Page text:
He hadn’t ever been a survivor of anything before. He liked to think of himself as a bit of a renegade, sure. A man that lived on the edge – anyone that had seem him drive could agree to that. But Crowbar Eddie, a guy that looked like he could chew iron and spit nails, had been taken out by some digital ghost-monster and now Ricky was on its shit-list.

He considered telling everyone that this was more than he signed up for, but he saw a few red, puffy eyes in the group and thought better of it.

After poking around and looking at the array of working antiques they collected, he resigned himself to the fact that there wasn’t going to be any cold beer and sat down.

Just then, Marie-Ange threw open the door at the top of the stairs. Still in her nun’s habit, she had a ragged fierceness in her eyes that drilled holes into Ricky. He nearly stood up out of fear alone.

“Alright. This thing is dark, and dangerous, and its sniffing at our door. It took Eddie from us...but I won’t sit by waiting for it to take someone else. What I’m asking for isn’t easy, but you know in your hearts what’s right. We need to hit StormBrainOne, and I know how.”

Ricky was jostled as Marie-Ange came down from the stairs and began making plans with her team. “Hey,” he said as they began discussing a map and where he should drive them to get at SBO, “you guys can’t just assume I’m going in for this plan”.

This was how he ended up driving Marie-Ange and part of her team to Club Stereo the next night. As they approached on the street, they could hear the thrumming of the bass inside the enormous club.
Ricky sighed at the musical trauma he’s experienced since meeting Marie-Ange and her cohorts. “So, if this thing is all digital, isn’t going into a dance club that only plays electronic music kind of suicide?”

“Only kind of,” said Marie-Ange humourlessly.

January 14, 2013

Final Encryption - Part 5

   In which we meet Nina, see the team in action, and hear some more Wurlitzer.

   It was a fancy hotel of the kind that caters to rich tourists and business travelers, and can be found every three feet in Old Montreal.  Through its front windows, Ricky could see a pleasant lobby with dark, classic furniture and old, bare stone walls.  A man in an elegant suit sat in a leather chair and typed on a laptop.  A black briefcase lay by his feet, on a plush, persian carpet.
   The team was suiting up, which involved, as far as Ricky could tell, putting on canvas vests and what looked like WWI aviators’ leather helmets that covered the ears and made everyone look insane, except the grey-blond lady, who didn’t wear one.  Bare copper wires protruded from both pieces of clothing in several places.  Each team member then put an old, ebonite laryngophone over their necks.  The old blind man took a seat in the back of the van and switched on an old short wave radio.
   “Testing,” he said.  “Marie-Ange, can you hear me?”.
   “I hear you, Gaston,” the nun answered.
   Gaston, since that was his name, proceeded to test the connection with every team member.  Then Marie-Ange unfolded a strange map of the city marked with hundreds of coloured dots.  Waving her finger around Old Montreal, she gave her orders
   “Ok,” she said, “what Aurélien has given us is coordinates to this place, and a time.  This means that StormBrainOne will strike someone here, in eleven minutes.  We don’t know who, and we don’t know StormBrainOne’s reason’s for choosing that person.  We have analyzed its previous hits, and we think we’re seeing a pattern emerge, but we’re unsure.  That means we have to find out who’s the target.  Nina, that’s your job.”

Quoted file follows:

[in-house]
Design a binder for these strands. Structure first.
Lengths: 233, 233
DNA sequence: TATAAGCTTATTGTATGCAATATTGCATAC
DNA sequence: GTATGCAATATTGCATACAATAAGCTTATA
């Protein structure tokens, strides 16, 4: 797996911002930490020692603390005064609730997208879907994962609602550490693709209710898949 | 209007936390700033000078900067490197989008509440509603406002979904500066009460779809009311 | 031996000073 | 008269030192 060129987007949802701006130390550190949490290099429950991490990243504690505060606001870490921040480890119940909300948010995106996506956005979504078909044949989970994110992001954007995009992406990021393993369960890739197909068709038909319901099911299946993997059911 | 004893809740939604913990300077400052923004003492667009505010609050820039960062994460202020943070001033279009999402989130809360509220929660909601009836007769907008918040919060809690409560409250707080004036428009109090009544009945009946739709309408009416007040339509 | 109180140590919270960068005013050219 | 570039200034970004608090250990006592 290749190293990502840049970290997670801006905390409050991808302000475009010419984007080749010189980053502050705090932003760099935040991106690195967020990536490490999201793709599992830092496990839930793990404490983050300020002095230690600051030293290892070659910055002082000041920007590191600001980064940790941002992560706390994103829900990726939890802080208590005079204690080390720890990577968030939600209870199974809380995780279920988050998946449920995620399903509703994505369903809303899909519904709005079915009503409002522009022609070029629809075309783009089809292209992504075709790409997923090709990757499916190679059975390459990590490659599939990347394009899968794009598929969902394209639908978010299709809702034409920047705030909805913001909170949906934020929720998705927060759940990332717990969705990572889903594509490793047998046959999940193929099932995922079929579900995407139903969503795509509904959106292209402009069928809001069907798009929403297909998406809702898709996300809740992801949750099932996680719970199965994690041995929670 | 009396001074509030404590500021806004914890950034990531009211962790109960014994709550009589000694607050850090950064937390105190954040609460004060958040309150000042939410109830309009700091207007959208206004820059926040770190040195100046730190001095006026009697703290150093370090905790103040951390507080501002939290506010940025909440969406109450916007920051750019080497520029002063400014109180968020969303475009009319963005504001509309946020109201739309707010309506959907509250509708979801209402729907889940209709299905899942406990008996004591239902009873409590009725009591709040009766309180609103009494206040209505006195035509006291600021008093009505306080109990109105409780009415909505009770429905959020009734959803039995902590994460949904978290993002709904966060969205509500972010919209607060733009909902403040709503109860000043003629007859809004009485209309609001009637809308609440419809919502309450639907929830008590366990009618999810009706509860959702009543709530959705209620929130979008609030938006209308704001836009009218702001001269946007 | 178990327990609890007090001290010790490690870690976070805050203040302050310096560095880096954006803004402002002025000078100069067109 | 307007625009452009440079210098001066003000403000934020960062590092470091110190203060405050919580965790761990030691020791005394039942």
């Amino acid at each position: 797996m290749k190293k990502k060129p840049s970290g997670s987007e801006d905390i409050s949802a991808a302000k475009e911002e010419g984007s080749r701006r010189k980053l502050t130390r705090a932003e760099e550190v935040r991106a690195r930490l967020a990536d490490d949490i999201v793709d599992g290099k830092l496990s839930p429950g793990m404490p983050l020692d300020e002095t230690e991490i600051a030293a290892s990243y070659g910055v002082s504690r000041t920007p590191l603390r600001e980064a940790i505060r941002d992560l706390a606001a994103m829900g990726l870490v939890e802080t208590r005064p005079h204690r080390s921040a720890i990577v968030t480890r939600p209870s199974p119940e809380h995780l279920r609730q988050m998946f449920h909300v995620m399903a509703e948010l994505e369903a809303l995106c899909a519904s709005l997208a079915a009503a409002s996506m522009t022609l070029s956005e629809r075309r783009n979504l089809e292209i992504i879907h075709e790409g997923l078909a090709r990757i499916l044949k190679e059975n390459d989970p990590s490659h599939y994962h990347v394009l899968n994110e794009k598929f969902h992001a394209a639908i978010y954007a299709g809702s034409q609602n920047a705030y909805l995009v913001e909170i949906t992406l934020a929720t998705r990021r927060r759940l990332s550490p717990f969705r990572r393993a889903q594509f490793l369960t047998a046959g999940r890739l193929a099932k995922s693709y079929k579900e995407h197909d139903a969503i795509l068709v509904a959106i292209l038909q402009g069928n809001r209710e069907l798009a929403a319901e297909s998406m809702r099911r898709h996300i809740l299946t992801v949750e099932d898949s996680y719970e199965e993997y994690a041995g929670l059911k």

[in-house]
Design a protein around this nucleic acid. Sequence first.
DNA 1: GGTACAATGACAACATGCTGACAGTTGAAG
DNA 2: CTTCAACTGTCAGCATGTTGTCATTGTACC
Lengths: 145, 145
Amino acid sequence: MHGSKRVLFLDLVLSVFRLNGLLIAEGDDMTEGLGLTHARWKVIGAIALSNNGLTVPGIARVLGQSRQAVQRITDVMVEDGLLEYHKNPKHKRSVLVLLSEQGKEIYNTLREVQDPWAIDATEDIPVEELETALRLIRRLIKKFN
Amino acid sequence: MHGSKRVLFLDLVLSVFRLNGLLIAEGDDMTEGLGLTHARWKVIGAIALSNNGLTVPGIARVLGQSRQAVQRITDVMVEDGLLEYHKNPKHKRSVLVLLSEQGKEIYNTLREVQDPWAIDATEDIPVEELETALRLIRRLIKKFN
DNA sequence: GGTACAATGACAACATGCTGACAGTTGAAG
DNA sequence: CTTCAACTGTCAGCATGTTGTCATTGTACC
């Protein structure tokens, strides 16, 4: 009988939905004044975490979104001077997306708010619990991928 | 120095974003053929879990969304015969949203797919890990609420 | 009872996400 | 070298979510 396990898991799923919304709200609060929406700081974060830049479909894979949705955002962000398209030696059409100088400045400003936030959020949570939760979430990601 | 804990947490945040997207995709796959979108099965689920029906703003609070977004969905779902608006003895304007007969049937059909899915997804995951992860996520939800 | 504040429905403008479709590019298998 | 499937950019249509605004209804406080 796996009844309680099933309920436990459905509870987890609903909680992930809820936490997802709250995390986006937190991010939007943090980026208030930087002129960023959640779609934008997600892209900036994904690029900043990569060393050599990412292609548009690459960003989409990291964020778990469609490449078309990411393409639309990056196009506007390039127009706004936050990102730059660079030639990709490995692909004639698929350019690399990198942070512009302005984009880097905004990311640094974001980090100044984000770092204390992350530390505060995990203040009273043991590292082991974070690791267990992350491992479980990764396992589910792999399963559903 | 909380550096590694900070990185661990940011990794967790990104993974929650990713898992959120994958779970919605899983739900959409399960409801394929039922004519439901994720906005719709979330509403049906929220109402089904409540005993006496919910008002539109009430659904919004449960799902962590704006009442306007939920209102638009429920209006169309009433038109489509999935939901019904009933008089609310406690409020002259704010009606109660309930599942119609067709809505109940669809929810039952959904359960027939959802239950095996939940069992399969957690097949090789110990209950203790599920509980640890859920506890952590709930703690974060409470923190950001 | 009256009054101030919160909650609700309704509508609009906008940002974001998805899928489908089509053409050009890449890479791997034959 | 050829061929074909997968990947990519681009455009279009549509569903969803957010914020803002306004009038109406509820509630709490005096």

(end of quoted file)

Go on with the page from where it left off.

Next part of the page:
The grey-blond lady nodded distractedly, her gaze lost in some faraway though.  
   “As usual, we can expect StormBrainOne to be watching, and we have to assume it can hit us too.  So we have to make it blind.  There’s two main signals to disrupt.  One’s on the roof of that building across the street, the other at the back of the souvenir shop on the corner.  Eddie, you take the roof.  Raven,” she turned to Crew Cut, “you take the souvenir shop.”
   Ricky frowned at Crew Cut.  “Raven?” he mouthed.
   Raven shrugged.  “Hippy parents,” he said, as he hopped out of the van and ran towards the street corner.
   “Gaston,” Marie-Ange went on, “you stay on the radio and listen.  Oldie will likely try to give us more info on the target, we need to be ready.  I’ll run point from the van.  Nina,” she finally said, turning to the grey-blond lady, “as usual, you go in.  Good luck, and God be with you.”
   Nina gave an enigmatic little smile, said “I don’t believe that God is anything else than a fluid power that rests within the human self and creates itself constantly through the collective unconscious and the universal human experience,” then climbed out of the van and walked to the hotel with careful little steps.
   “And me?” Ricky said, “What do I do?” 
   “You stay here with your foot on the gas.  We may need to get out in a hurry.”
   Ricky watched Crowbar disappear into an alley, heading for a fire escape.  “Fine,” he said.  “Now, can you tell me why we’re here?”
   “Not sure yet,” Marie-Ange said, “but Oldie sent us those coordinates over the telegraph.  That means that StormBrainOne, the digital entity, will strike here.”
   “The Analog entity.  Its communications are imprecise, and it’s slower than StormBrainOne, but it sees a lot, and StormBrainOne has no access to it.”
   “And how will that StormThingaling strike?”
Marie-Ange shook her head and looked worried.  “It used to be it would steal money or hack into databases, that kind of thing, but as I said, recently it’s started to kill.  We’re not sure why.”
   “But you have an idea?”
   She nodded.  “We believe it’s eliminating witnesses.”
   “You mean people who know about it,” Ricky said.
   “Yes.  But we don’t know much more.”
   “How does it kill?”
   “Unknown.  Several victims seem to have just disintegrated.”
   Ricky’s heart skipped a beat.  “Just like Hans,” he said.